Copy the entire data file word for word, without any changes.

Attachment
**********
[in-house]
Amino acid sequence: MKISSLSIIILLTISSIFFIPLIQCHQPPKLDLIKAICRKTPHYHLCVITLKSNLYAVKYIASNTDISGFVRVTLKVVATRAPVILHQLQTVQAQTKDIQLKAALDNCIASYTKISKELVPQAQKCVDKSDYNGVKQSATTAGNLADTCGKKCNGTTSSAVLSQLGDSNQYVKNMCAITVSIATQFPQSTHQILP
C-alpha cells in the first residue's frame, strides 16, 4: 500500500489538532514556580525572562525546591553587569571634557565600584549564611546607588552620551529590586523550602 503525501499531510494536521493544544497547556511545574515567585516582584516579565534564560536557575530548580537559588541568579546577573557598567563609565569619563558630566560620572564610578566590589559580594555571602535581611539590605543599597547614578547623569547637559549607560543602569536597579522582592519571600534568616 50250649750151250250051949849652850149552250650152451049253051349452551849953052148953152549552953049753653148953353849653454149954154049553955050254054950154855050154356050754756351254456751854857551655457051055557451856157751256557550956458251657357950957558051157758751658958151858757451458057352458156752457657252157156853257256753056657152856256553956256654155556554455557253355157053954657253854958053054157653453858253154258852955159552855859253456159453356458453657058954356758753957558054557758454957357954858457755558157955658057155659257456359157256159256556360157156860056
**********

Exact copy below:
[in-house]
Amino acid sequence: MKISSLSIIILLTISSIFFIPLIQCHQPPKLDLIKAICRKTPHYHLCVITLKSNLYAVKYIASNTDISGFVRVTLKVVATRAPVILHQLQTVQAQTKDIQLKAALDNCIASYTKISKELVPQAQKCVDKSDYNGVKQSATTAGNLADTCGKKCNGTTSSAVLSQLGDSNQYVKNMCAITVSIATQFPQSTHQILP
C-alpha cells in the first residue's frame, strides 16, 4: 500500500489538532514556580525572562525546591553587569571634557565600584549564611546607588552620551529590586523550602 503525501499531510494536521493544544497547556511545574515567585516582584516579565534564560536557575530548580537559588541568579546577573557598567563609565569619563558630566560620572564610578566590589559580594555571602535581611539590605543599597547614578547623569547637559549607560543602569536597579522582592519571600534568616 50250649750151250250051949849652850149552250650152451049253051349452551849953052148953152549552953049753653148953353849653454149954154049553955050254054950154855050154356050754756351254456751854857551655457051055557451856157751256557550956458251657357950957558051157758751658958151858757451458057352458156752457657252157156853257256753056657152856256553956256654155556554455557253355157053954657253854958053054157653453858253154258852955159552855859253456159453356458453657058954356758753957558054557758454957357954858457755558157955658057155659257456359157256159256556360157156860056